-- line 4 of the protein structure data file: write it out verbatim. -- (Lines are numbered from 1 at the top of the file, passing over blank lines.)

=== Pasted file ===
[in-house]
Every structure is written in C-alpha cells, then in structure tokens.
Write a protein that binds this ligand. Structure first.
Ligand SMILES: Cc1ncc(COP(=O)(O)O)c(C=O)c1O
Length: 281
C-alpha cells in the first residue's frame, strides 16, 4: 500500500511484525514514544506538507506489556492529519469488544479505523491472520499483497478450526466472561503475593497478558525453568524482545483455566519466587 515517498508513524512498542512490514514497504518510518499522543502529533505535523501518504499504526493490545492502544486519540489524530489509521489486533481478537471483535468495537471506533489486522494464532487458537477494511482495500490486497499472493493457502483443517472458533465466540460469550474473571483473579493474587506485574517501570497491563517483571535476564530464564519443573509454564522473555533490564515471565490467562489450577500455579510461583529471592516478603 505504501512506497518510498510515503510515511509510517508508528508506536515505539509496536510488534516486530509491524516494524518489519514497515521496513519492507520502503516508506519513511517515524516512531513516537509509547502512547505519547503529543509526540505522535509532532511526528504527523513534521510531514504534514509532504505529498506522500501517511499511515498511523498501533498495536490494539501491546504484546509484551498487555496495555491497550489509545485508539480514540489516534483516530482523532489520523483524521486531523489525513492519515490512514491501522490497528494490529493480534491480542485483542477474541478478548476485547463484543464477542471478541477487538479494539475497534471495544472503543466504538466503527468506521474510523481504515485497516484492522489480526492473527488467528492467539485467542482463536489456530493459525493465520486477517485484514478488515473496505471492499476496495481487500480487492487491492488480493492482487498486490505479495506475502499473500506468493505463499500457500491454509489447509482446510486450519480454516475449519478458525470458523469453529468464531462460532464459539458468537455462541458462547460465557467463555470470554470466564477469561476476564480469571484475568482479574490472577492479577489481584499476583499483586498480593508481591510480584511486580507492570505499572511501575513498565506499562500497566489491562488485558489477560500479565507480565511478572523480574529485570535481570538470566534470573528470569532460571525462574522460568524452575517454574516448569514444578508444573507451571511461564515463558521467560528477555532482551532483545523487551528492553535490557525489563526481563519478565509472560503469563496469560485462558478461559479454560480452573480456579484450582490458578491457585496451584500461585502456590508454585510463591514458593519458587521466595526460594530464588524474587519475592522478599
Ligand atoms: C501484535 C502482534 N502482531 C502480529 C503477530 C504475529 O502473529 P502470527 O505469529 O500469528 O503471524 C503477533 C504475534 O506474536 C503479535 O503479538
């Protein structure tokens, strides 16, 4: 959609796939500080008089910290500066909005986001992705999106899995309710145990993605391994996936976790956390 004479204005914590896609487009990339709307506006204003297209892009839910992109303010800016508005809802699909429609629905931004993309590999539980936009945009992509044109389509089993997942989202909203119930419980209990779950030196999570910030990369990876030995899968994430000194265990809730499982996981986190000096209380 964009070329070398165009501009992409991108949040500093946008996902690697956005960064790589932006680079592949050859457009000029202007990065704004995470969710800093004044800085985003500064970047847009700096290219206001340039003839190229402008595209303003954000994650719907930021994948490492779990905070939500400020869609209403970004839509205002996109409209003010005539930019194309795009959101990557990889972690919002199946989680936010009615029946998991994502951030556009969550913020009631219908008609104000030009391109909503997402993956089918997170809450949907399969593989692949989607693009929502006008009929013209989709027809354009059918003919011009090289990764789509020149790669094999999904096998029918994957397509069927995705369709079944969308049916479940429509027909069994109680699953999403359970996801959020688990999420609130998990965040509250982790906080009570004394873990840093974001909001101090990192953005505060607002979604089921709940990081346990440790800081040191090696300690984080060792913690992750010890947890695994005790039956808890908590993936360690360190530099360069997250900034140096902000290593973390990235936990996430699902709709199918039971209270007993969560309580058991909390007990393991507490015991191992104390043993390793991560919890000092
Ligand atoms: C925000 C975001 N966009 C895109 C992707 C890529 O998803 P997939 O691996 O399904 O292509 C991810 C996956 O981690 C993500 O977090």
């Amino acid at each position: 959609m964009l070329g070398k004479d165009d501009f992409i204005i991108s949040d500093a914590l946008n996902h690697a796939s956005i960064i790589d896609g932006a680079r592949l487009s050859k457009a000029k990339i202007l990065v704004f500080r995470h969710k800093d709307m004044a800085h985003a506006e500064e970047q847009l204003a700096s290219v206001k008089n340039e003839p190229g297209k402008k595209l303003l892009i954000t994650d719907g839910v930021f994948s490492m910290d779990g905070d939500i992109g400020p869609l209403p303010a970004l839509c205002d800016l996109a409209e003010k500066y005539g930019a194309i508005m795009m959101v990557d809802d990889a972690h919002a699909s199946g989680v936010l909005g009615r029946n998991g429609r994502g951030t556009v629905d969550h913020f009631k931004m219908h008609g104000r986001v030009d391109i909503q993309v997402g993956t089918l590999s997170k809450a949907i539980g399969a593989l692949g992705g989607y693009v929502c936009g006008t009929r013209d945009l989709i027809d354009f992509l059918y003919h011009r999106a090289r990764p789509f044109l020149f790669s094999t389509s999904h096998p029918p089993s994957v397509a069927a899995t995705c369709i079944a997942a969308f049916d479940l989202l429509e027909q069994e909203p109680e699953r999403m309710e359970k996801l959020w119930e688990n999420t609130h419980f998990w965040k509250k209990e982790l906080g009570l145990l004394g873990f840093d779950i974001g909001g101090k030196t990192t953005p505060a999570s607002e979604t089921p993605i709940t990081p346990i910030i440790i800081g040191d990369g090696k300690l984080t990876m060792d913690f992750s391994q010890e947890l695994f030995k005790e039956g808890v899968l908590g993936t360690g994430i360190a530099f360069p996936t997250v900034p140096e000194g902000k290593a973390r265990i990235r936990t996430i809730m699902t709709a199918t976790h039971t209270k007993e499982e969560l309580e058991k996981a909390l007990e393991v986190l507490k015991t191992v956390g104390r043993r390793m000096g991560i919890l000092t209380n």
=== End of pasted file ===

Ligand SMILES: Cc1ncc(COP(=O)(O)O)c(C=O)c1O